Blizzard on homestead in western Nebraska wiped out an entire cattle herd.
One summer when we lived in western Nebraska, we mowed and bunched hay for a large cattle company until late in the fall. The hay was for cattle that stayed out on the range all winter without shelter. That year we had one of the worst blizzards this county had ever known. The cattle were in good shape as they drifted with the storm, but when they came to a fence, the snow covered them and they froze. I don't know how many cattle died, but the cattle company lost heavily.
My husband got a bunch of men together and they skinned 400 head, leaving the carcasses in the fields.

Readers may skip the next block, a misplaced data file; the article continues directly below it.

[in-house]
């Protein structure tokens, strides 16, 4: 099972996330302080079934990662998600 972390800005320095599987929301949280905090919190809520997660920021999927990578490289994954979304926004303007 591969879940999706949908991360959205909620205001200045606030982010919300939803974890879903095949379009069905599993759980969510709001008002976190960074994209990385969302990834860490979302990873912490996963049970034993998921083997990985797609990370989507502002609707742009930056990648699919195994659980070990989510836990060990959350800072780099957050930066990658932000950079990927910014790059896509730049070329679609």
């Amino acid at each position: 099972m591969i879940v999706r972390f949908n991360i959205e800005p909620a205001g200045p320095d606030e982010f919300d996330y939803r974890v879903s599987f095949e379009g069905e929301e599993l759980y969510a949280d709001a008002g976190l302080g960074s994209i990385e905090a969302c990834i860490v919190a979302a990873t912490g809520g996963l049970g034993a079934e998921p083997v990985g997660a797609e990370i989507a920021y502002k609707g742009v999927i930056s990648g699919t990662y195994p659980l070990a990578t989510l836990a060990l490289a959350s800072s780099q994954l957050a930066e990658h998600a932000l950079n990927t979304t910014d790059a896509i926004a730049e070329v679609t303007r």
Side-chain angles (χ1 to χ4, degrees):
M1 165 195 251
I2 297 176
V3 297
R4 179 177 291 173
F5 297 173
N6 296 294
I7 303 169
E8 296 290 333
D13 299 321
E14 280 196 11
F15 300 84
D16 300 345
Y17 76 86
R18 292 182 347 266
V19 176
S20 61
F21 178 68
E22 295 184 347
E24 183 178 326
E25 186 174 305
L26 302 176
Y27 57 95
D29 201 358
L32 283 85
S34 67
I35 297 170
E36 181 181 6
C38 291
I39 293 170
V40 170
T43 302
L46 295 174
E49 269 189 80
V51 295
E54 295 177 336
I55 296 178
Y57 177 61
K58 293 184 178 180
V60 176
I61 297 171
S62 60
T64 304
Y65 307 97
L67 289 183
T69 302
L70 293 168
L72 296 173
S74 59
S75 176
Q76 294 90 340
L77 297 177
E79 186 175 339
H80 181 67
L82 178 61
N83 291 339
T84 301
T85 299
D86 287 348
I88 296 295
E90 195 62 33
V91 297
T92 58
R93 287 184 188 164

The coyotes grew fat, and the big green flies were so numerous that we swatted and sprayed all spring.
Mrs. Carl E. Feikert
Back in 1955 a call went out from the editors of the then Capper’s Weekly asking for readers to send in articles on true pioneers. Hundreds of letters came pouring in from early settlers and their children, many now in their 80s and 90s, and from grandchildren of settlers, all with tales to tell. So many articles were received that a decision was made to create a book, and in 1956, the first My Folks title – My Folks Came in a Covered Wagon – hit the shelves. Nine other books have since been published in the My Folks series, all filled to the brim with true tales from Capper’s readers, and we are proud to make those stories available to our growing online community.